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Old 09-28-2014, 11:34 AM   #1
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Battery Time

Still running on the 1350's battery that the PO had in 'er, it finally gave up the ghost. Found some low cells, filled with distilled water and did an overnight charge - if you can call it that. It came out with about 9 volts this morning, one cell off the scale below 1100 sg - almost to being freezable at 32 deg., and two others were below marginal. (I use a refractometer, not the float type.) The battery was fairly warm, and most of the cells showed at least some activity. It's an Interstate SRM-24 that's been on her since January of 2009. Yep, probably time to replace it anyway.



I also found a blown fuse going to the BATT terminal of the 7-way that I'll have to replace - after finding out why it blew. Don't want to screw up our Yukon's system, after all. Don't know how long it's been blown. Could it have blown if someone hooked up the 7-way while it was hooked up to shore power? I'm a stickler for not doing that, BTW.

Is there anything I should make it a point to check on the charger/converter before I put it in service with a new battery? I checked when I found the problem and it's putting out about 14.4v - if overnight charging didn't change that. Didn't check this morning. I will be getting some anti-corrosion battery stuff to coat the terminals/connections with when I install it.

I'm open to any tips and suggestions. Now......off to get a battery! Camping next weekend in Caprock Canyons, where the bison are freely roaming throughout now.
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Old 09-28-2014, 07:08 PM   #2
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.... Could it have blown if someone hooked up the 7-way while it was hooked up to shore power? ......
A definate maybe.

Quote:
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.... .. I'm a stickler for not doing that, BTW.....
That makes 2 of us.

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.... Is there anything I should make it a point to check on the charger/converter before I put it in service with a new battery? I checked when I found the problem and it's putting out about 14.4v - if overnight charging didn't change that. ...
If the converter is putting out 14.4 while charging a low battery you should be good. However after charging it should drop back to the 13.6 range or even 13.2 so you don't cook the battery.
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Old 09-28-2014, 08:47 PM   #3
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Thanks, Gene. When I put the new battery in, it was reading 12.5v. When I plugged it in, it went to about 13.5 and hovered around that and 13.3 - kind of fluctuating by a tenth or two. Looks good to me for a fully charged battery.
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Old 09-28-2014, 09:01 PM   #4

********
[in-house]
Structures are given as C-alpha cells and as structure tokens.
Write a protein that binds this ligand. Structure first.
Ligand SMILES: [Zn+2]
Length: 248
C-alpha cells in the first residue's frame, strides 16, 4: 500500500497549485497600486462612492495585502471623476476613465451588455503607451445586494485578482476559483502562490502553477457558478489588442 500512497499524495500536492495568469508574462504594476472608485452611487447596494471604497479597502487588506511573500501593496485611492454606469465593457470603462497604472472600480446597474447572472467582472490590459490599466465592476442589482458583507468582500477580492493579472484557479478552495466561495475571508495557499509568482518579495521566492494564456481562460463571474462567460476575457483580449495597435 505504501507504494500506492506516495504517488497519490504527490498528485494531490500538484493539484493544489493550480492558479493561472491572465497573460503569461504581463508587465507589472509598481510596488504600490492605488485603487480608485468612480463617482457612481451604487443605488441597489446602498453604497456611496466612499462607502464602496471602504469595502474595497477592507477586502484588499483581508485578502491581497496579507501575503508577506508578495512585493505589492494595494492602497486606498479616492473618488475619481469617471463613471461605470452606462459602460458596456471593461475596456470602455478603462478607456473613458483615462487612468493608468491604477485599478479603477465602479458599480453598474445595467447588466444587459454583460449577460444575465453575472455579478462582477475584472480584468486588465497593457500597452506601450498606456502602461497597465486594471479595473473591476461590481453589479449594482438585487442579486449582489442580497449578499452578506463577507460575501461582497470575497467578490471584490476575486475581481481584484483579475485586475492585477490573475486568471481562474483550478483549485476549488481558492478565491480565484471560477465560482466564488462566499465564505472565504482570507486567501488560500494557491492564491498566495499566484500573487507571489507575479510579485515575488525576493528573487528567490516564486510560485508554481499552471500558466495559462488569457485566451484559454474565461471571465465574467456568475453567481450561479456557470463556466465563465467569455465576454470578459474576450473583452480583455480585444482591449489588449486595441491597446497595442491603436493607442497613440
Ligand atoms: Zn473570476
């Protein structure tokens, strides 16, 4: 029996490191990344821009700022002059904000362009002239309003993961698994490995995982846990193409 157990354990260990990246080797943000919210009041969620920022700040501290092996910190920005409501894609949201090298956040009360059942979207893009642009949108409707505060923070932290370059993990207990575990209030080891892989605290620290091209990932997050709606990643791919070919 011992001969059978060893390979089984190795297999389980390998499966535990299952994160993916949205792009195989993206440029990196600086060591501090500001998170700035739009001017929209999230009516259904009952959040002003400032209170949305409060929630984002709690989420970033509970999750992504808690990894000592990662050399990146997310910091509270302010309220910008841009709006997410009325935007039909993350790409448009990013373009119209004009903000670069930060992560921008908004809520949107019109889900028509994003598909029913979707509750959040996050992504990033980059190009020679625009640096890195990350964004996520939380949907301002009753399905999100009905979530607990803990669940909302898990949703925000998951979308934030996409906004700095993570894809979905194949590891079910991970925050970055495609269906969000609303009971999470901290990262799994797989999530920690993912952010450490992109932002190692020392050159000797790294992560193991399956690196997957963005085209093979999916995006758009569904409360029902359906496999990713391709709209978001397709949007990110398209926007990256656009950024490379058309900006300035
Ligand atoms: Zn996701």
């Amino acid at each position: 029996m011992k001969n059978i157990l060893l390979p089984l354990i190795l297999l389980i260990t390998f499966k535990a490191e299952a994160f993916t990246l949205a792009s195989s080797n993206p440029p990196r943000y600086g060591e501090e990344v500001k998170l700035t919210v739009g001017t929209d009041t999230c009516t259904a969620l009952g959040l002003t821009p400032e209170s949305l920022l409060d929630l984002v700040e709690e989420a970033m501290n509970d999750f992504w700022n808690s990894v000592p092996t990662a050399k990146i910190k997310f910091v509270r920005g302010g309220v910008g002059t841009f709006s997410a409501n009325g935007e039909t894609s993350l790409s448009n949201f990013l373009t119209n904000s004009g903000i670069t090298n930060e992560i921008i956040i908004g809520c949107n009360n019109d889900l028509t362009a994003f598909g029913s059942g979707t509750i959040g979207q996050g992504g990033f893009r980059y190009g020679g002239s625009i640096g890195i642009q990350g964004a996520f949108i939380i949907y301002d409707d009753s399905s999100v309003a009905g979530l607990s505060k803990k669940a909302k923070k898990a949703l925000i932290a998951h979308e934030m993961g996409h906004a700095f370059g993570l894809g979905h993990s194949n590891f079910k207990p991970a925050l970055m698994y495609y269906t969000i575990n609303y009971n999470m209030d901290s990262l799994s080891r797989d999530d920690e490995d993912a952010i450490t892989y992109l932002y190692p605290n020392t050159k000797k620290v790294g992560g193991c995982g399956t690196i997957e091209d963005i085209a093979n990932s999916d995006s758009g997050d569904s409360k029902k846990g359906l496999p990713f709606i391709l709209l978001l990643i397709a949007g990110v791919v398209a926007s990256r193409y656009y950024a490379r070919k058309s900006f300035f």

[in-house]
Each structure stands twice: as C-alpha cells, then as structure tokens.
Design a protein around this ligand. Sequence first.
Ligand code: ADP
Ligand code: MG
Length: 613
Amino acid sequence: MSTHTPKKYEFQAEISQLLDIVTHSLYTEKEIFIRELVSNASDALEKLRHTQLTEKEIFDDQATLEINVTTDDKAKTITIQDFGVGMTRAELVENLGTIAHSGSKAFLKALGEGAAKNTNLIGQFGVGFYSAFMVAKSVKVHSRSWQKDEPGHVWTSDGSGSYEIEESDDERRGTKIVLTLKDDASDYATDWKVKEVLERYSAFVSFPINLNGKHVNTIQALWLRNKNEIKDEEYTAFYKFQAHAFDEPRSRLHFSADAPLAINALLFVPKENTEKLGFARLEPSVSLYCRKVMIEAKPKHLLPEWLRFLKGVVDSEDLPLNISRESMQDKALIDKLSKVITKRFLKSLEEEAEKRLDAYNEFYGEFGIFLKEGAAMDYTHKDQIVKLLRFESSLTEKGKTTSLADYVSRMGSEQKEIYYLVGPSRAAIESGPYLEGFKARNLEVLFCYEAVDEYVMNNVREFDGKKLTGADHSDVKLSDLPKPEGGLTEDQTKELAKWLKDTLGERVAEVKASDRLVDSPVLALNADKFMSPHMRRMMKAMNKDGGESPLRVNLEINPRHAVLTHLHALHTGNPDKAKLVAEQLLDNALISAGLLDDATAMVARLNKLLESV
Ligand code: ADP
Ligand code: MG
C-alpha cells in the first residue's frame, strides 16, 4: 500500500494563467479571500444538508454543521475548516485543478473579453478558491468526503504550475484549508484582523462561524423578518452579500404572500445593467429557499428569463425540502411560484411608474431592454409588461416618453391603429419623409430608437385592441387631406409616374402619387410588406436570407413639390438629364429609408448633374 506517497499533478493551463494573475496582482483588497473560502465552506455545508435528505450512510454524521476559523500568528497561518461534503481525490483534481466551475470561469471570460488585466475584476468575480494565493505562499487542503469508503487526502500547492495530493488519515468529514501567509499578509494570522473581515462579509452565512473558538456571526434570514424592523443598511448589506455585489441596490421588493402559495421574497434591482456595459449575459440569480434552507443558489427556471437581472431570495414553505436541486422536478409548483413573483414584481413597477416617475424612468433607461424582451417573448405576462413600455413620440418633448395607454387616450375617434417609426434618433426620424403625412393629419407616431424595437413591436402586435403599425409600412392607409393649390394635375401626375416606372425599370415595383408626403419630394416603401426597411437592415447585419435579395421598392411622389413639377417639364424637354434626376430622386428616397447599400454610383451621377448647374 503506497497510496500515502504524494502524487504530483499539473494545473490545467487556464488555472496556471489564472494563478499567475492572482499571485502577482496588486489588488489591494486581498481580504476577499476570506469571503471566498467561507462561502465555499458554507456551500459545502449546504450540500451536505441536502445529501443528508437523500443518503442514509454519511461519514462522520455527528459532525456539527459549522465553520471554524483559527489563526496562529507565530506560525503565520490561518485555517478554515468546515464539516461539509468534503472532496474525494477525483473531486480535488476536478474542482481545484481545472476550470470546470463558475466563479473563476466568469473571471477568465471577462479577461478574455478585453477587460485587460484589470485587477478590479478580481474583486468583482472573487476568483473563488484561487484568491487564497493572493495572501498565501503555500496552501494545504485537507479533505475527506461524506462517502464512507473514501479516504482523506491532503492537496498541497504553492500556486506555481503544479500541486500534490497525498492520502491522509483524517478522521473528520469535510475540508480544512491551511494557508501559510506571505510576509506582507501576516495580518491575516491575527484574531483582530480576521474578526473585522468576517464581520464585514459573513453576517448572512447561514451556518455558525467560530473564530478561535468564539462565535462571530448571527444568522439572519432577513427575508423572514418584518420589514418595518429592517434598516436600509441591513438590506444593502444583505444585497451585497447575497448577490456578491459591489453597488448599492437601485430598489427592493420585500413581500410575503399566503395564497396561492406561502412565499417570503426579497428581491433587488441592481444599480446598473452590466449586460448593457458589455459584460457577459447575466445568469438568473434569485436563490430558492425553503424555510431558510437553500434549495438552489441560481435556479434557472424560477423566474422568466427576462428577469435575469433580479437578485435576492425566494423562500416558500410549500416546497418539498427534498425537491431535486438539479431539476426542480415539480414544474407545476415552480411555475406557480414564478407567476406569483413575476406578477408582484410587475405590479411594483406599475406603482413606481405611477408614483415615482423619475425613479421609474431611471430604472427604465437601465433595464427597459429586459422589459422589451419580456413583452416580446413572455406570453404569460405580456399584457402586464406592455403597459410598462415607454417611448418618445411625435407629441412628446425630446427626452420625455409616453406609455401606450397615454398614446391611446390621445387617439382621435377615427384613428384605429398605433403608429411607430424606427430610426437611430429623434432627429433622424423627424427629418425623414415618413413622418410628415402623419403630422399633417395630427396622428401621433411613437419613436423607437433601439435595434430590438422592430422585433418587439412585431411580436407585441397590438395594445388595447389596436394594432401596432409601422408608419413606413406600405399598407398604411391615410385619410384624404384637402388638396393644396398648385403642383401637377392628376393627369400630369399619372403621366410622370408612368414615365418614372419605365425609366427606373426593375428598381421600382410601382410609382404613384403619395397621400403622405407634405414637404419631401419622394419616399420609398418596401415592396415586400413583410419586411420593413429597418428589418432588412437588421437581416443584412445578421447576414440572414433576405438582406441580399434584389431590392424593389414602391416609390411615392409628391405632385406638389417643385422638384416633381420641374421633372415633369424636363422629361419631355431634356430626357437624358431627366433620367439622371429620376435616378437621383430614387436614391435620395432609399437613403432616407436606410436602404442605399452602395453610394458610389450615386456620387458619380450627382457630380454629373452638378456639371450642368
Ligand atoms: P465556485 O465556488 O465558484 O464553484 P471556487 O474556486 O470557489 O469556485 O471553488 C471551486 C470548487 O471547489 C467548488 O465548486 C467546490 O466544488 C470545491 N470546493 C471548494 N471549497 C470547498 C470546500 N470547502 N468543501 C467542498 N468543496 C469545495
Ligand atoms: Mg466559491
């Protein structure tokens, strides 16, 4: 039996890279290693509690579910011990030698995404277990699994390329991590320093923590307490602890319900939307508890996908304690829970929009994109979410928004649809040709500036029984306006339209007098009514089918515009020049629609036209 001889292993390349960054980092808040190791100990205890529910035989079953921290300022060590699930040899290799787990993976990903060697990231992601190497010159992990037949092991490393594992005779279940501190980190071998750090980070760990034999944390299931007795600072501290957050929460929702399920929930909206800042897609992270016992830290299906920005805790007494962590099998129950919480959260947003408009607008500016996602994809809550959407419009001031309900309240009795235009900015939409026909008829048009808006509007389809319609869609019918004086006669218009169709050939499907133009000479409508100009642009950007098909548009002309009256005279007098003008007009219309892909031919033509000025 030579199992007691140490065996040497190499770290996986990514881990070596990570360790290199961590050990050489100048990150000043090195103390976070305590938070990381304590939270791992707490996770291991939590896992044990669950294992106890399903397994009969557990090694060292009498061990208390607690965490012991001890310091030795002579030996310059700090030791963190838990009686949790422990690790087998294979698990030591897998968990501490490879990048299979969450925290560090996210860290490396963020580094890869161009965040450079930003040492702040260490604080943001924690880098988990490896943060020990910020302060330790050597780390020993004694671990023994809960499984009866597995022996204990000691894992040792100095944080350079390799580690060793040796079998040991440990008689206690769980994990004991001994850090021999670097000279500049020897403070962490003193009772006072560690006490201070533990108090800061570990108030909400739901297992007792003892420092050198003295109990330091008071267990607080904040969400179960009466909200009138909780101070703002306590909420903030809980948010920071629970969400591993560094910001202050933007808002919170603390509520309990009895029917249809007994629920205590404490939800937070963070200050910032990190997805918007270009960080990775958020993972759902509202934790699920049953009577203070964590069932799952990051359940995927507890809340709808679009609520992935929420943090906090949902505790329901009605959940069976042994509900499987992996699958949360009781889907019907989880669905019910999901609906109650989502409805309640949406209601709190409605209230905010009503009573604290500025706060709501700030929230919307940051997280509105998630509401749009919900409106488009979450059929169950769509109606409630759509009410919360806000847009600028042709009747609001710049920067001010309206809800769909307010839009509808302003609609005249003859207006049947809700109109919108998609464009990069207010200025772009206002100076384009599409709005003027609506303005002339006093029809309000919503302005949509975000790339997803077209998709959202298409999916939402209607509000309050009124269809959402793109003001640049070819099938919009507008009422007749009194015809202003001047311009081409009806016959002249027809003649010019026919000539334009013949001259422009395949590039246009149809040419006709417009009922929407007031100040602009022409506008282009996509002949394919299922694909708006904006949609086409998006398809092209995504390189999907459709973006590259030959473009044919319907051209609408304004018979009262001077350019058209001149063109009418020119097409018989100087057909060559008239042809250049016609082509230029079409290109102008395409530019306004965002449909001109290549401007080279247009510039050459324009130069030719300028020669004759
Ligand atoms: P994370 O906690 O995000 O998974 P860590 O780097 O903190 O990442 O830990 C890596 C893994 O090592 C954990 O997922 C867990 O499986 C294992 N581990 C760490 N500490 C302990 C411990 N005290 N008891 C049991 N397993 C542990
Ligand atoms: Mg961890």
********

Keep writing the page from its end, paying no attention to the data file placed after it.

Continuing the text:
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Those numbers are right where they should be.

Enjoy your trip to Caprock Canyons.
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Old 09-29-2014, 11:48 AM   #5
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It'll be tough, but I'll try.
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Old 09-30-2014, 06:33 AM   #6
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Dale,

A quick note to add, your vintage GM has the battery line in the 7 wire plug live all the time even when the ignition is off. When I switched to the Blue Oval from the Bow tie... Ford puts a relay in the charge circuit so you do not drain the battery or back feed it.

My Suburban or prior Tahoe would let you kill the truck battery if left plugged in with the ignigtion off. A good and bad feature.
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Old 09-30-2014, 08:11 AM   #7
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Most of us are familiar with the obvious. Batteries are typically good for about 6, or so, years. We have all seen batteries crap out much earlier than that, not to mention those that last longer. I replaced my Explorer battery last year and it was 11 years old. It does happen in all directions.

As we know, batteries have an internal resistance and will "self drain" on their own. One thing I do for long term storage is plug the TT in for an over night, maybe a day or two for shore power.
If lead acid, flooded batteries are allowed to drain too low, to almost dead and if you live in a colder climate, the water/acid/electrolyte can easily freeze. This freezing permits the plates to warp, warping will make the plates touch each other and create internal shorts.

One thing I try to do during the winter is to plug in the TT about every 2 weeks to once a month, pending how cold it is outside.

A decent charging rate is anywhere between 13.8 to 14.3 VDC.

The charging voltage is called dynamic charge (the actual charging voltage)
The float voltage is called static charge when the battery is at rest, no charge and no draw.
They recommend that after you finish charging you battery to disconnect cable, wait 30 minutes for the voltage to stabilize and then check the static charge. this will show you the battery's actual health. RV House Battery: How to keep it charged